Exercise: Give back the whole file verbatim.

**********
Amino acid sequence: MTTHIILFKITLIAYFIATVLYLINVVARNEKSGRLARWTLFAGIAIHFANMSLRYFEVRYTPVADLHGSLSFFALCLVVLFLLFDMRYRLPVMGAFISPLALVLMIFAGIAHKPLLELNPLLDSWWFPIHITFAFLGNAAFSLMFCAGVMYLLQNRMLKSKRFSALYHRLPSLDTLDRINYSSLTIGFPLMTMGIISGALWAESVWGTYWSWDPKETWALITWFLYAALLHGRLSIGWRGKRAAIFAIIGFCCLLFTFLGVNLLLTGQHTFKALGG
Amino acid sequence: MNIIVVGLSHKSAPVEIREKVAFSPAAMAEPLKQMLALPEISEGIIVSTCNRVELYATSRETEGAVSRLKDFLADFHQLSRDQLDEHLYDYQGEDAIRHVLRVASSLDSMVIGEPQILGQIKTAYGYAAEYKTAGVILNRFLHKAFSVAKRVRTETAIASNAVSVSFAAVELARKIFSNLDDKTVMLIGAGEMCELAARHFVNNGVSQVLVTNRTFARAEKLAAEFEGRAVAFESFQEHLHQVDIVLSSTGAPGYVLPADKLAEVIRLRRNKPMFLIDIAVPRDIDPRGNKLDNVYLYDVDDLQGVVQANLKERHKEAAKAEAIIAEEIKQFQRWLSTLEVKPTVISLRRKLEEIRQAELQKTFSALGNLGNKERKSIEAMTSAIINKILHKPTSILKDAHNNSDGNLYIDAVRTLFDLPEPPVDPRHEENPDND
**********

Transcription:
Amino acid sequence: MTTHIILFKITLIAYFIATVLYLINVVARNEKSGRLARWTLFAGIAIHFANMSLRYFEVRYTPVADLHGSLSFFALCLVVLFLLFDMRYRLPVMGAFISPLALVLMIFAGIAHKPLLELNPLLDSWWFPIHITFAFLGNAAFSLMFCAGVMYLLQNRMLKSKRFSALYHRLPSLDTLDRINYSSLTIGFPLMTMGIISGALWAESVWGTYWSWDPKETWALITWFLYAALLHGRLSIGWRGKRAAIFAIIGFCCLLFTFLGVNLLLTGQHTFKALGG
Amino acid sequence: MNIIVVGLSHKSAPVEIREKVAFSPAAMAEPLKQMLALPEISEGIIVSTCNRVELYATSRETEGAVSRLKDFLADFHQLSRDQLDEHLYDYQGEDAIRHVLRVASSLDSMVIGEPQILGQIKTAYGYAAEYKTAGVILNRFLHKAFSVAKRVRTETAIASNAVSVSFAAVELARKIFSNLDDKTVMLIGAGEMCELAARHFVNNGVSQVLVTNRTFARAEKLAAEFEGRAVAFESFQEHLHQVDIVLSSTGAPGYVLPADKLAEVIRLRRNKPMFLIDIAVPRDIDPRGNKLDNVYLYDVDDLQGVVQANLKERHKEAAKAEAIIAEEIKQFQRWLSTLEVKPTVISLRRKLEEIRQAELQKTFSALGNLGNKERKSIEAMTSAIINKILHKPTSILKDAHNNSDGNLYIDAVRTLFDLPEPPVDPRHEENPDND